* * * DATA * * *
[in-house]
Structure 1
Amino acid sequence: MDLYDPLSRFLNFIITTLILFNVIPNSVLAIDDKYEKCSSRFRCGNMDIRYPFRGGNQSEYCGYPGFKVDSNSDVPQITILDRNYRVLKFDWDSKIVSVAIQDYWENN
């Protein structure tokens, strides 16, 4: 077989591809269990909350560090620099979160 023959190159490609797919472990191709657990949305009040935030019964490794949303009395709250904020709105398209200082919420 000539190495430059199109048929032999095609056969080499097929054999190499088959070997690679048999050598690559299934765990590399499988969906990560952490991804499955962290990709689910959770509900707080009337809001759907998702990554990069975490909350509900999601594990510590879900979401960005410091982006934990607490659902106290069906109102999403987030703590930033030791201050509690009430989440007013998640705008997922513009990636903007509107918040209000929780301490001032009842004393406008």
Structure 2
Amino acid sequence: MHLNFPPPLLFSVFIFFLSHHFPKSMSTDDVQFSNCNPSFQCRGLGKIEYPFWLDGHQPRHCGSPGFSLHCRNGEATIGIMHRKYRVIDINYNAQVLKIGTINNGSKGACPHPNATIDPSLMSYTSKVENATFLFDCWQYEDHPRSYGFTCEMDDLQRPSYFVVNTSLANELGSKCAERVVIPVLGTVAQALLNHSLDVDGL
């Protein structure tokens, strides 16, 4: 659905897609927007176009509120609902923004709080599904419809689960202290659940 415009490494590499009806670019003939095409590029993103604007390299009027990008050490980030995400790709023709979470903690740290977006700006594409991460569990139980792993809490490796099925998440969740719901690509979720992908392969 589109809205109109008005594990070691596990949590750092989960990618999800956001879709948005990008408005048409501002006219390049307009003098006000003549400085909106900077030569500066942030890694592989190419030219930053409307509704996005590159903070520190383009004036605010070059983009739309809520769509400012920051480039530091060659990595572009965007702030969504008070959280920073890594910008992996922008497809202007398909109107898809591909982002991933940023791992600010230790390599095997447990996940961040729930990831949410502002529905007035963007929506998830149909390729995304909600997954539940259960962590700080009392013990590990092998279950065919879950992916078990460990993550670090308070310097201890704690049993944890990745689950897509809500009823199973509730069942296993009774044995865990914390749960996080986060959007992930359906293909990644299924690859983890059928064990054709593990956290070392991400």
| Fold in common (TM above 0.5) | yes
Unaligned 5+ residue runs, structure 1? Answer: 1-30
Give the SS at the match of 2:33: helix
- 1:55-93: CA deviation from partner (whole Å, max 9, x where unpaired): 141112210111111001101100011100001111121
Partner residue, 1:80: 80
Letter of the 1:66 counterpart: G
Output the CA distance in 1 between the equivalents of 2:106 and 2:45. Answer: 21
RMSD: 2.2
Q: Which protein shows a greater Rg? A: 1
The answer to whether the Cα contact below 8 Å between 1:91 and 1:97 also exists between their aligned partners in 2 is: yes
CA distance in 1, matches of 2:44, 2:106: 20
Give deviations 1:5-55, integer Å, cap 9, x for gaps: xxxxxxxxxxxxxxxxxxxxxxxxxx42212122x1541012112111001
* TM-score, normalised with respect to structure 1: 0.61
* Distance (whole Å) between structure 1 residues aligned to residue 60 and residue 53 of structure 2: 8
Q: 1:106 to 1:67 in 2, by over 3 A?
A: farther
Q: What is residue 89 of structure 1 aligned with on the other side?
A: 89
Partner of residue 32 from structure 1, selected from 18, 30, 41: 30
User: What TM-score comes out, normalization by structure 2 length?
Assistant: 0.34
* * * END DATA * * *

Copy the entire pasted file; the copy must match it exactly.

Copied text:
[in-house]
Structure 1
Amino acid sequence: MDLYDPLSRFLNFIITTLILFNVIPNSVLAIDDKYEKCSSRFRCGNMDIRYPFRGGNQSEYCGYPGFKVDSNSDVPQITILDRNYRVLKFDWDSKIVSVAIQDYWENN
């Protein structure tokens, strides 16, 4: 077989591809269990909350560090620099979160 023959190159490609797919472990191709657990949305009040935030019964490794949303009395709250904020709105398209200082919420 000539190495430059199109048929032999095609056969080499097929054999190499088959070997690679048999050598690559299934765990590399499988969906990560952490991804499955962290990709689910959770509900707080009337809001759907998702990554990069975490909350509900999601594990510590879900979401960005410091982006934990607490659902106290069906109102999403987030703590930033030791201050509690009430989440007013998640705008997922513009990636903007509107918040209000929780301490001032009842004393406008």
Structure 2
Amino acid sequence: MHLNFPPPLLFSVFIFFLSHHFPKSMSTDDVQFSNCNPSFQCRGLGKIEYPFWLDGHQPRHCGSPGFSLHCRNGEATIGIMHRKYRVIDINYNAQVLKIGTINNGSKGACPHPNATIDPSLMSYTSKVENATFLFDCWQYEDHPRSYGFTCEMDDLQRPSYFVVNTSLANELGSKCAERVVIPVLGTVAQALLNHSLDVDGL
């Protein structure tokens, strides 16, 4: 659905897609927007176009509120609902923004709080599904419809689960202290659940 415009490494590499009806670019003939095409590029993103604007390299009027990008050490980030995400790709023709979470903690740290977006700006594409991460569990139980792993809490490796099925998440969740719901690509979720992908392969 589109809205109109008005594990070691596990949590750092989960990618999800956001879709948005990008408005048409501002006219390049307009003098006000003549400085909106900077030569500066942030890694592989190419030219930053409307509704996005590159903070520190383009004036605010070059983009739309809520769509400012920051480039530091060659990595572009965007702030969504008070959280920073890594910008992996922008497809202007398909109107898809591909982002991933940023791992600010230790390599095997447990996940961040729930990831949410502002529905007035963007929506998830149909390729995304909600997954539940259960962590700080009392013990590990092998279950065919879950992916078990460990993550670090308070310097201890704690049993944890990745689950897509809500009823199973509730069942296993009774044995865990914390749960996080986060959007992930359906293909990644299924690859983890059928064990054709593990956290070392991400």
| Fold in common (TM above 0.5) | yes
Unaligned 5+ residue runs, structure 1? Answer: 1-30
Give the SS at the match of 2:33: helix
- 1:55-93: CA deviation from partner (whole Å, max 9, x where unpaired): 141112210111111001101100011100001111121
Partner residue, 1:80: 80
Letter of the 1:66 counterpart: G
Output the CA distance in 1 between the equivalents of 2:106 and 2:45. Answer: 21
RMSD: 2.2
Q: Which protein shows a greater Rg? A: 1
The answer to whether the Cα contact below 8 Å between 1:91 and 1:97 also exists between their aligned partners in 2 is: yes
CA distance in 1, matches of 2:44, 2:106: 20
Give deviations 1:5-55, integer Å, cap 9, x for gaps: xxxxxxxxxxxxxxxxxxxxxxxxxx42212122x1541012112111001
* TM-score, normalised with respect to structure 1: 0.61
* Distance (whole Å) between structure 1 residues aligned to residue 60 and residue 53 of structure 2: 8
Q: 1:106 to 1:67 in 2, by over 3 A?
A: farther
Q: What is residue 89 of structure 1 aligned with on the other side?
A: 89
Partner of residue 32 from structure 1, selected from 18, 30, 41: 30
User: What TM-score comes out, normalization by structure 2 length?
Assistant: 0.34